The motive in undertaking this book is to present the results of 30 years of research on the effect of environmental factors on craniofacial growth. The relationship between nasal obstruction and altered facial and dental structures has been discussed for at least 150 years and conflicting opinions have been presented. The authors therefore believed it important to gather their results from years of carefully controlled studies to clarify the controversy over this relationship.
During the 19th century and to the middle of the 20th, the ideas concerning the relationship between mouth breathing and malocclusion were based on clinical observation and experience. After cephalometric longitudinal material became available in the latter part of the 20th century, it was possible to obtain research results from controlled studies. It has also become possible during the past few decades to measure airflow through the nose and nasal resistance in accurate ways, which thus enabled statistical analyses.
Study of the vertical dimensions of the face in relation to the mode of breathing and to the posture of both the head and the mandible provides an excellent model to support the view that many malocclusions previously thought to be of genetic origin are in reality neuromuscular imitations of genetically based problems. The neuromuscular suspension of the mandible is a highly sensitive mechanism that responds with altered mandibular posture in some cases of chronic nasopharyngeal obstruction. Such altered mandibular posture may create various malocclusions in children.
The results gathered in this book are based on scientific longitudinal materials from the Burlington Growth Centre in Toronto, Canada, and Swedish adenoid samples from Stockholm and Örebro. Comparisons are made with longitudinal cephalometric materials from growth centers in Europe, North America, and Asia. The evaluations of the capacity to breathe through the mouth and/or the nose were made in collaboration with the ear, nose, and throat departments at the Hospital for Sick Children in Toronto, Canada, and at the University of Örebro, Sweden, by using both rhinomanometric and clinical tools.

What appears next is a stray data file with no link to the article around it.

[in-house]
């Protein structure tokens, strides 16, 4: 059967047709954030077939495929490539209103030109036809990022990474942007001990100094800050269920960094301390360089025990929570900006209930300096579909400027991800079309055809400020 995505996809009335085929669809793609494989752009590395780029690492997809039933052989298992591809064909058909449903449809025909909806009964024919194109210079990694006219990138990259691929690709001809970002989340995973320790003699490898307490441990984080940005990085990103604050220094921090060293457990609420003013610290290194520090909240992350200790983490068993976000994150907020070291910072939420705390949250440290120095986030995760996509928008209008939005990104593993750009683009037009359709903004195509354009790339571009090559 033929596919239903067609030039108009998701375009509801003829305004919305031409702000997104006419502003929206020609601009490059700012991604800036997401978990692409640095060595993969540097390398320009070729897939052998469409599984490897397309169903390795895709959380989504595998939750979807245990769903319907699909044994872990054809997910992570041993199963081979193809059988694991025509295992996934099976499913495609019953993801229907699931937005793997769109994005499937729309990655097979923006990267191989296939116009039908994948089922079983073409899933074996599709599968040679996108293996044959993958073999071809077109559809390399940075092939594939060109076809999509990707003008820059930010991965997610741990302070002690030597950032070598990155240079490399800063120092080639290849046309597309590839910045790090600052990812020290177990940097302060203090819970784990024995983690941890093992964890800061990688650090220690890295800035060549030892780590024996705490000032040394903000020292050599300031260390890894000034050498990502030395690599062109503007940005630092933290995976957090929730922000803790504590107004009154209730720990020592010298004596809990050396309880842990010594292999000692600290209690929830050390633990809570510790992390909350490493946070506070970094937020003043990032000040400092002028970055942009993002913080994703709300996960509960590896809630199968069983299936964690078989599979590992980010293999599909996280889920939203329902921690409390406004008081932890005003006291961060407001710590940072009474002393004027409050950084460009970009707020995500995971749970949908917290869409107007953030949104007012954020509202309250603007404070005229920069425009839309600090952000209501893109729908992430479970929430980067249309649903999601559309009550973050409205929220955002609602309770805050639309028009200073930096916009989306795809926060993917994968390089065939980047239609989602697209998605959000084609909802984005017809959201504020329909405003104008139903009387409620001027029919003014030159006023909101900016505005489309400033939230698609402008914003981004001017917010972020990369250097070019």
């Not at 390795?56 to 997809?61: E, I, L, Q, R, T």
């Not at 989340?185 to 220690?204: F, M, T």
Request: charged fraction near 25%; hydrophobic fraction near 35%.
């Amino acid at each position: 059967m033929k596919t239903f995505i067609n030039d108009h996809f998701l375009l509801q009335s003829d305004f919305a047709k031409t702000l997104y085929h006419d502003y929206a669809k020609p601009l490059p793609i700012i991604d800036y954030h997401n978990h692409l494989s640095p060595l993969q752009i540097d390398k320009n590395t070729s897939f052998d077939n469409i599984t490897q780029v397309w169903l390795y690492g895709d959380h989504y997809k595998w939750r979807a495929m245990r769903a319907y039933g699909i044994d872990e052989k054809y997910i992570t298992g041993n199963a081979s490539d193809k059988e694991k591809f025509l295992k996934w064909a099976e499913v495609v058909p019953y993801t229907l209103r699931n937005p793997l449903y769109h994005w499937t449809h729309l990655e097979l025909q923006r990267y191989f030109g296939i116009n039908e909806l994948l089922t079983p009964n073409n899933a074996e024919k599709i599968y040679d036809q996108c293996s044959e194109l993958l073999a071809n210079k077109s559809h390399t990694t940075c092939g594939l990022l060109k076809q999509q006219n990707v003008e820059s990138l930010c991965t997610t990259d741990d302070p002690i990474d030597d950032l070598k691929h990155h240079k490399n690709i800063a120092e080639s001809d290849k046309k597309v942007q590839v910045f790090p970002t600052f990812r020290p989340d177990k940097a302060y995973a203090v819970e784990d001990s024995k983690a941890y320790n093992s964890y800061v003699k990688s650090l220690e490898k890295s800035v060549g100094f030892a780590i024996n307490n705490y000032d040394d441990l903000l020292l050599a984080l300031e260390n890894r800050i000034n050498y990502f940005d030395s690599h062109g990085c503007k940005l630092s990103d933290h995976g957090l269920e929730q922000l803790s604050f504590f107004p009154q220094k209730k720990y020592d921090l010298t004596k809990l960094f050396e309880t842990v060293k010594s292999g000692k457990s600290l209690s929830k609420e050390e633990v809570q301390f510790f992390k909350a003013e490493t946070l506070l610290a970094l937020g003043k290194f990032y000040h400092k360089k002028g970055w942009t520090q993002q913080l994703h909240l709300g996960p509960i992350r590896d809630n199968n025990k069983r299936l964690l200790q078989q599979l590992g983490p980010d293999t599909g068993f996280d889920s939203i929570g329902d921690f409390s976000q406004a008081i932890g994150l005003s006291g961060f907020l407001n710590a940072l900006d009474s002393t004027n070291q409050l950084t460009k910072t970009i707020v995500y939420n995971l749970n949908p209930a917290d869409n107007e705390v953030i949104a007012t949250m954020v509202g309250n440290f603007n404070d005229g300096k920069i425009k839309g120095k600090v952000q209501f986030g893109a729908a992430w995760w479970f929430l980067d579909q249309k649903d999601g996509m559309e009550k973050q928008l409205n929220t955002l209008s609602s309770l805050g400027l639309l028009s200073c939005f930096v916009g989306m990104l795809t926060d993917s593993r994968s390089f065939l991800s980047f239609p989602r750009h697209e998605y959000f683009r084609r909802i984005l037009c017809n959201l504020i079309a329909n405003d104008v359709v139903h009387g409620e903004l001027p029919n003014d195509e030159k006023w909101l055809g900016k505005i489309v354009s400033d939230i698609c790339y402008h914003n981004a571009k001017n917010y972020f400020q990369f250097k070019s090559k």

This book is designed to be used by both dental and medical students in the specialized areas of orthodontics and rhinology. It will also be of great interest for clinical orthodontists, ear, nose, and throat specialists, and pediatricians.
ISBN: 0-86715-389-X, 978-0-86715-389-7
Table of Contents:
Chapter 1 Factors Affecting Facial and Dental Structures
Dentofacial Characteristics Associated with Chronic Change in Mandibular Posture
Other Neuromuscular Adaptations Secondary to Upper Airway Obstruction
Nonhuman Primate Experiments
Clinical Implications for an Assessment of Vertical Facial and Dental Relationships
Chapter 2 Three Data Samples
The Burlington Growth Centre Sample
The Örebro, Sweden, Adenoid Study
The King’s College School of Medicine and Dentistry Serial Growth Sample
Chapter 3 Radiographic Technique, Enlargement, and Measurements
The Lateral Cephalogram
The 45-Degree Oblique Radiograph
Reference Points and Measurements for the Lateral Cephalogram
Chapter 4 Population Standards for Anterior Face Height, Maxillary Length, Mandibular Length, and Growth (Distance Curves)
Population Standards for Upper Anterior Face Height, Lower Anterior Face Height, and Total Anterior Face Height
Population Standards for Maxillary Length for Ages 6 to 20
Population Standards for Mandibular Growth and Length
Chapter 5 Comparisons Among Standards for Vertical Dimension from Various Growth Centers and Races
Clinical Application of Vertical Dimension Cephalometric Standards
Chapter 6 Nasal Resistance Standards for Children
Chapter 7 Clinical Application of Vertical Change in the Jaws and Dentition
Cephalometric Identification of Skeletal Dysplasia
Analysis of Anterior Nasopharyngeal Dimensions
Chapter 8 Summary
120pp: 110 illus
"...This book is very useful for orthodontic or ENT students who are in the latter half of their residencies. Professionals who favor extraction mechanotherapy based on breathing issues or vertically oriented growth patterns whould also read this book as the statistics (and the photographs of the patients who had their tonsils and adenoids out) are very compelling. The subject is extremely important since it represents a significant percentage of the tougher cases that any professional who concentrates in facial growth will observe. I would recommend this book to any individual who is trying to understand why the vertical dimension of the face is so difficult to control." Neil M. Warshawsky, DDS, MS, PC
University of Chicago Medical Center
Doody Publishing, Inc.